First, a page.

I will share my modus operandi for life. I hope that it will be relatable to many.
1. First of all, mindfulness.
I strongly believe in the 'here and now' and do my best to live by this principle. It took me a lot of time to realize the concept of this way of living, but I am really grateful that I exactly understand what this means now.
I always had a hyper imaginative mind: I was a frantic thinker and though I was creative and intelligent as compared to my friends from my early childhood, I was anxious and I had a hard time focusing on a task for more than half an hour continually. As a result, I always jumped from one thing to others and started too many things and could not complete any of them properly. This in return made me even more irritated and anxious and frustrated. All within the 25 years of my life, I have been depressed at times, I have gone through failed relationships and distrust; I have been broke and at times even suicidal. There were times when I saw no purpose in living and felt utterly hopeless and useless. However, all of this changed. I will tell you how.
On the month of July of 2018, I went for ten days of silent retreat and meditation camp nearby my hometown and learned the art of Vipassana meditation which is one of the mindfulness meditation practice as propagated and disseminated by Gautama, the Buddha. Though the initial days of the silence retreat were very tough for my incessant mind, once I started learning how to pay attention to my own body and breath and not to be carried away by my thoughts, I really felt like that was the best thing that ever occurred to me. I was motivated to sign up for the meditation camp by some of my friends and also by my intellectual heroes like Yuval Noah Harrari and Sam Harris. When I completed the ten days course, I felt as light as a feather and a very impactful realization occurred to me: all my life, I was worried and anxious because I reacted to everything that occurred to me, I was not aware of my own thoughts and emotions, and I was controlled haphazardly by them. Learning mindfulness in the camp and practising it daily thereafter, (It has been more than a year now since I have been regularly meditating on a daily basis for an hour or so) I now understand what being in the moment actually means. Rather than observing the thoughts and feelings that occur to us, most of the time we are controlled by them.
Once we learn to pay attention to our thoughts and emotions (which in themself are the product of our bodily brain and hormonal system), we no longer become their slaves. We crave less, we fear less, we get worried far less and all of these are the perks of our simple act of being there in the present. Stress and worry come from our thoughts that are either in the past (remembering, ruminating, regretting) or the future (imagining scenarios and mishappenings before they even occur); and when we are not cognizant enough to realize this, suffering is imminent. However, mindfulness enables us to clearly realise this wisdom as the bearer and sufferer, and it makes life a lot easier, better. Happiness hence is not a target when we practice mindfulness; it is the result of us being actually present at the moment, living the moments fully and truthfully. Rather than fretting over the past that already is gone and the future that we don't see, mindfulness enables us to do what the present demands and do so whole-heartedly. This brings immense joy and meaning into life.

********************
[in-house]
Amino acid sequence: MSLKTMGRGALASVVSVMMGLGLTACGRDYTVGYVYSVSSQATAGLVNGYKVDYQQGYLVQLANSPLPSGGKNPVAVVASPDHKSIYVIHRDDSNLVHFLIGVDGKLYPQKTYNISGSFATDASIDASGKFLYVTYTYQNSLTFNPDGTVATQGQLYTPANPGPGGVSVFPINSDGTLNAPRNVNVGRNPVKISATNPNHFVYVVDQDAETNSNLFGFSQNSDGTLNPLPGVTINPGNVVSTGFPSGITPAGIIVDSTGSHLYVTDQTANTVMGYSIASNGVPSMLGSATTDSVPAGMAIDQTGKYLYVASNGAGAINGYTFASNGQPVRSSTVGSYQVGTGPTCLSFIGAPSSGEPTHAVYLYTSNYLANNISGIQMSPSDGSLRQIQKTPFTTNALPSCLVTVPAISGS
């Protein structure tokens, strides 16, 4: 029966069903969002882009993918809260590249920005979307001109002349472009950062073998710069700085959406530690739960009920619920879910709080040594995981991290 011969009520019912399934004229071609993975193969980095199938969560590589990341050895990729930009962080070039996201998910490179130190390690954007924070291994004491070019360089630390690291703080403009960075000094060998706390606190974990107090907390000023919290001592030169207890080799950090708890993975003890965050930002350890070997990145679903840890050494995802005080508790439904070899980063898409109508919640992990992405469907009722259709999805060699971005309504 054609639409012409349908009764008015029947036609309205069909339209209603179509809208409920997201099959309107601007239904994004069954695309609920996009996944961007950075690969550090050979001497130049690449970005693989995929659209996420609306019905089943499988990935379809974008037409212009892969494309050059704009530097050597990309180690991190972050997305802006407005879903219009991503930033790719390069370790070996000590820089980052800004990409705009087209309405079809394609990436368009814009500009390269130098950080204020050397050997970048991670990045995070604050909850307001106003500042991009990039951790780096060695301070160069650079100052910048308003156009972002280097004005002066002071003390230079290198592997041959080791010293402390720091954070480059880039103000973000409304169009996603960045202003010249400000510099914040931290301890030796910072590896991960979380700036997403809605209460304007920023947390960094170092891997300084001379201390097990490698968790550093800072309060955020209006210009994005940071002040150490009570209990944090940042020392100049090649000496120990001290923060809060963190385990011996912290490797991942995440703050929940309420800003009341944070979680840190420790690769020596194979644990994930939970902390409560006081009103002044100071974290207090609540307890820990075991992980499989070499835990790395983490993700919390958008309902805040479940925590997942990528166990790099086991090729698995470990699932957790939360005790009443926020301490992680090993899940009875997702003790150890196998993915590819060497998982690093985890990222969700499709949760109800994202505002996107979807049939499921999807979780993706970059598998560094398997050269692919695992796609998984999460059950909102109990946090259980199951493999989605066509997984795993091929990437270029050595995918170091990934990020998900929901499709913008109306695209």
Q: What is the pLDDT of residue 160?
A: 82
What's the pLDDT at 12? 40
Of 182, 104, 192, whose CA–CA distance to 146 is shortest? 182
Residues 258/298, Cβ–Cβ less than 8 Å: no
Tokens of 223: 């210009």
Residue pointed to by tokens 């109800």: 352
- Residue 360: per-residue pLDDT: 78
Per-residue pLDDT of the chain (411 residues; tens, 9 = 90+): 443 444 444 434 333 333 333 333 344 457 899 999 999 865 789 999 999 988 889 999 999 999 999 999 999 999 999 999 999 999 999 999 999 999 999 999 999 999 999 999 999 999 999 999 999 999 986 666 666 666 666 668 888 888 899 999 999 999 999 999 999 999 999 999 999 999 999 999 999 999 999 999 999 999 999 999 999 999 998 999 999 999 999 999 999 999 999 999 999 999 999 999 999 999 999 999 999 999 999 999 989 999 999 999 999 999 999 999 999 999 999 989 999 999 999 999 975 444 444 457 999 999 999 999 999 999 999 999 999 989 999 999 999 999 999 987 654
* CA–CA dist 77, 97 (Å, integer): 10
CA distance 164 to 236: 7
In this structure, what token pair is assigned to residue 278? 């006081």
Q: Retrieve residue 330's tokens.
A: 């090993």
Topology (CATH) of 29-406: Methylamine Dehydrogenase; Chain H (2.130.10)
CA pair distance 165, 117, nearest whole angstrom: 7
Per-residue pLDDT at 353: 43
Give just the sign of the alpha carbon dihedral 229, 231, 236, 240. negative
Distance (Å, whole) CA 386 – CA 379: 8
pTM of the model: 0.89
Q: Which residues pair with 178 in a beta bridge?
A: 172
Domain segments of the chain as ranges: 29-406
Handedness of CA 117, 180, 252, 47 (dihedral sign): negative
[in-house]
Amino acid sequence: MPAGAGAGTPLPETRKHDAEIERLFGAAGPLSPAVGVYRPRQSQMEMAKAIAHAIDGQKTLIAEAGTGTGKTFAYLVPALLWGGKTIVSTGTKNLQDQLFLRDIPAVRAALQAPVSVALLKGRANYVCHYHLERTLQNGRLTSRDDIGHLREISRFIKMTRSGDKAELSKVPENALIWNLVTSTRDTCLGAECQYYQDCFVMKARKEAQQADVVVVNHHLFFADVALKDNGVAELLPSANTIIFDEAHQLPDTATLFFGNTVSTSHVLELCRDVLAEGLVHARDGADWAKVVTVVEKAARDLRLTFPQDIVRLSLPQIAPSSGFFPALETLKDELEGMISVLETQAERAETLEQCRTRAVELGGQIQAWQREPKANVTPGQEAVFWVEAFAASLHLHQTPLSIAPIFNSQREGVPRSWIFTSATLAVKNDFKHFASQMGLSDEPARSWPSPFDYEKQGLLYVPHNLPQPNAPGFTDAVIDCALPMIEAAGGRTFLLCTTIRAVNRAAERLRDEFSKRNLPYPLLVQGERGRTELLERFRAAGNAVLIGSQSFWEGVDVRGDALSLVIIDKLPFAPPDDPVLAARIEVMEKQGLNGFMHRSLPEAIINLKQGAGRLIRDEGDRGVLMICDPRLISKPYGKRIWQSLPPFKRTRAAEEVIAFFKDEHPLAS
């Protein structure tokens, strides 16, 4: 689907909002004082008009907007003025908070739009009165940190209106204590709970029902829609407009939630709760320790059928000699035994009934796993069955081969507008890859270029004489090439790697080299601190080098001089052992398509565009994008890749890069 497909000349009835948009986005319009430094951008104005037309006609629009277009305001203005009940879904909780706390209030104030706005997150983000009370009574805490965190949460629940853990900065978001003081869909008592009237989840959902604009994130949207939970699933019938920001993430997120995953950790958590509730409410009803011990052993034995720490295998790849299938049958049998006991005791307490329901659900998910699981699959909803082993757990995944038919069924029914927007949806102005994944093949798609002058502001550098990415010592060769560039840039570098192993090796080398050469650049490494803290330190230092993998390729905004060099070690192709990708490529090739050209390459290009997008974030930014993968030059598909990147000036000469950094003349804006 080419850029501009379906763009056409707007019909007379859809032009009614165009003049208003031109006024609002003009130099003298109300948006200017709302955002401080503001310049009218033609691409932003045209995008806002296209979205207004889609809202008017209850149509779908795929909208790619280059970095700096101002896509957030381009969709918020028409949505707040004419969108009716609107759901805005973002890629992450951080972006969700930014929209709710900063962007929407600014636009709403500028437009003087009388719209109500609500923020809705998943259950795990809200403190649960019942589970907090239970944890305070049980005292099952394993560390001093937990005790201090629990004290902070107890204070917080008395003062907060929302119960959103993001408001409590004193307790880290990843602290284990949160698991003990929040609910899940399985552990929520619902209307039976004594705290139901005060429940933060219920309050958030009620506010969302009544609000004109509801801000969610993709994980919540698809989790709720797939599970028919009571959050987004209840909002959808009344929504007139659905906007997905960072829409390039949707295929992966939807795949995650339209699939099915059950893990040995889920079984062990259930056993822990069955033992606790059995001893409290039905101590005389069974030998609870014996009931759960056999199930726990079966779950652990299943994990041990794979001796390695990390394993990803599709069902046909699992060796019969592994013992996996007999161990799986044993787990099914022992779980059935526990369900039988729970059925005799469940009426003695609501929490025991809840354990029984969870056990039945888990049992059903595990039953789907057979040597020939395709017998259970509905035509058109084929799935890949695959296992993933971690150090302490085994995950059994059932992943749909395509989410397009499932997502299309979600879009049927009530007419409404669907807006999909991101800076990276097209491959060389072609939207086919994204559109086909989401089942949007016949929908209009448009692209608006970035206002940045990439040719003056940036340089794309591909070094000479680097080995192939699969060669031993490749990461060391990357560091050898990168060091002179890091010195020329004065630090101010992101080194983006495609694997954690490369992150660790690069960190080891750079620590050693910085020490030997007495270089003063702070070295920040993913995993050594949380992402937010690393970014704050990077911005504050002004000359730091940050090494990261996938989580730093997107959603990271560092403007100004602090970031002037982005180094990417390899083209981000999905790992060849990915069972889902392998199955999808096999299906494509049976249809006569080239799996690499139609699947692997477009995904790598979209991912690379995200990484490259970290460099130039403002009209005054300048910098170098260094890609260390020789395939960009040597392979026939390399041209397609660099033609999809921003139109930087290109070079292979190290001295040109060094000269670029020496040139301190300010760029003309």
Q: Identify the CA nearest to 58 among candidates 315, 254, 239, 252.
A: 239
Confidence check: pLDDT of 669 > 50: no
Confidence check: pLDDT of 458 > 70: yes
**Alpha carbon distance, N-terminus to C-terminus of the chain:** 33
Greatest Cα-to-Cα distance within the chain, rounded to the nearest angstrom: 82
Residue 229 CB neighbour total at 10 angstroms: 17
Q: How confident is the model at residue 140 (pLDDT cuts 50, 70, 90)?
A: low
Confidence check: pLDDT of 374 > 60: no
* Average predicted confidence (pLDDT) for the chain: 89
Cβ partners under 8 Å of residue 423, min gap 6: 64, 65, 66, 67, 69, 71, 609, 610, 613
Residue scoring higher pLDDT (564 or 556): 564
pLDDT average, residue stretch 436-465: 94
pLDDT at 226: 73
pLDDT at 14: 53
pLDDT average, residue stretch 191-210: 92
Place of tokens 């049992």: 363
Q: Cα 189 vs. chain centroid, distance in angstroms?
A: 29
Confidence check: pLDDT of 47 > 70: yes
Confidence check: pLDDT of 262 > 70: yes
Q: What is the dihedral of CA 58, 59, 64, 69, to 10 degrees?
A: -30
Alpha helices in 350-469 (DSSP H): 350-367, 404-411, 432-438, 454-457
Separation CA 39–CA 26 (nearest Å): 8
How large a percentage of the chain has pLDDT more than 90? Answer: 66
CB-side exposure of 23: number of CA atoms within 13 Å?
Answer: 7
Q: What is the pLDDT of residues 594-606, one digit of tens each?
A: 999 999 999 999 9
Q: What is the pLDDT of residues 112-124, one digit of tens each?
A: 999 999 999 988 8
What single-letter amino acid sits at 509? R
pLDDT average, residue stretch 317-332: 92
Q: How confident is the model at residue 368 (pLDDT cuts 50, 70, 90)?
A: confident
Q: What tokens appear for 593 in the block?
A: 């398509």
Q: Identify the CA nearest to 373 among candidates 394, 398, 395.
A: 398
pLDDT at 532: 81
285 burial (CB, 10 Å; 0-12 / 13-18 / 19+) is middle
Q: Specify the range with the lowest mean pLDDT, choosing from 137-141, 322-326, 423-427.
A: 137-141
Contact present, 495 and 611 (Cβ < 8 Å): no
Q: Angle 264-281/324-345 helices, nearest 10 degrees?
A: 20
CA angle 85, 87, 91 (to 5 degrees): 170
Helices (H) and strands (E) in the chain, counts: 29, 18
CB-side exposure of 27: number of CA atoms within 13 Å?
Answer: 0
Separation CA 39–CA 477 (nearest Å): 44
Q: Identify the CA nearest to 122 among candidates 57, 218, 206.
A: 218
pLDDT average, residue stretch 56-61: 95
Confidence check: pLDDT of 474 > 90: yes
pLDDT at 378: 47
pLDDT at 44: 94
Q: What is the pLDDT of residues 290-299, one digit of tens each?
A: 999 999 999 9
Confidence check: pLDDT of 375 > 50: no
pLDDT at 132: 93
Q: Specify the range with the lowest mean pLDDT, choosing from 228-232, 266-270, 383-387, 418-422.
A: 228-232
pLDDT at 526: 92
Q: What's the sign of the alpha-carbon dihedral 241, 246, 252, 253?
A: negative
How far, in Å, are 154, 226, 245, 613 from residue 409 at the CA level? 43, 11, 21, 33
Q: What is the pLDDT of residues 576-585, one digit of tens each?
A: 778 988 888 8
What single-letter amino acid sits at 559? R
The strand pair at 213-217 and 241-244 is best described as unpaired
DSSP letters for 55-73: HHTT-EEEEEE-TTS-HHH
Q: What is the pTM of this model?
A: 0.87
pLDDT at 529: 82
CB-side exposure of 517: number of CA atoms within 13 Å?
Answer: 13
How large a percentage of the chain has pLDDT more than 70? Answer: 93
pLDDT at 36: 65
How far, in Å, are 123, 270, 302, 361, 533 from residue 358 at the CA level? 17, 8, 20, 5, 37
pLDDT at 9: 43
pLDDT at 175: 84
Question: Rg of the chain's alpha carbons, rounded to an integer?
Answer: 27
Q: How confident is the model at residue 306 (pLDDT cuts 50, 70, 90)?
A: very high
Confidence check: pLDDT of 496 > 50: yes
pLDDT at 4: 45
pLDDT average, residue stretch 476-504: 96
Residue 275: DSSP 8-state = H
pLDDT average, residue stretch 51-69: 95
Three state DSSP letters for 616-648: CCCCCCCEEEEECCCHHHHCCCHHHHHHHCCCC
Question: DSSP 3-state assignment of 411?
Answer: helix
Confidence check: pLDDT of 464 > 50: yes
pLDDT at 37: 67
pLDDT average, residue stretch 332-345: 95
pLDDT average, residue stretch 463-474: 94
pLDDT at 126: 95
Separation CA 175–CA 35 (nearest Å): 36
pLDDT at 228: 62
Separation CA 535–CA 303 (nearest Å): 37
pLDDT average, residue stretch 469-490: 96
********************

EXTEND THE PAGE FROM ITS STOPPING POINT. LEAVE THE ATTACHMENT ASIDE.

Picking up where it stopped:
It might sound too good to be true, but a lot of positive things have happened to me after I started mindfulness as a daily habit. If you are reading this, I hope you start practising mindfulness from today itself. There are a lot of free lessons and guidances if one really wants to learn it.
2. Gratitude: the simple act of being thankful is surprisingly effective
Life is uncertain. Even as I type this right now, I am living amidst a pandemic and there is no guarantee that I might even live to see what comes of the world the next year. Accepting this fragility of the human condition and my own limitations as a biological machine, I have learned to grateful for all the things that are in my life. The act of being thankful not only flourishes my bonding with friends and family, but it also instils an intrinsic joy in my subconscious mind. Every day, I start my mornings with some thoughts of gratefulness for my own health, my family, my relationships and virtues. I have noticed that I can wash away a lot of negativity from mt life with this simple attitude.
3. Gather as many experiences and skills as you can
This has been the fundamental motto of my life. Apart from reading as much as I can and gaining expertise in my core area (which is science and biology), I welcome all sorts of experiences into life. I play football, I go for trekking and hiking, I learn guitar and I sing. I have tried to be as much adaptive as I can, and all the experiences have made me better and stronger. Though this kind of activities may seem trivial. but when engaged in continuously, they shape us in a creative way. They make us psychologically resilient and more empathetic and humble.
Philosophically speaking, it doesn’t matter at the end of life how much wealth we accumulate or how many material possessions we gather if we can’t look back into life and feel accomplished with day to day acts of joyfulness. In this regard, happiness and success shall never be a destination but the part of the process of being a more fulfilled person than we were a day before. Day by day growth is the best form of success I strive for, no matter how big or small the steps I take might be.
Apart from these key principles, I believe in the act of sharing knowledge and engaging with fellow human beings at a societal and personal level so that I can learn from them and give back to the community.
Watch the video below where Yuval Noah Harrari talks about the impact of mindfulness in his life: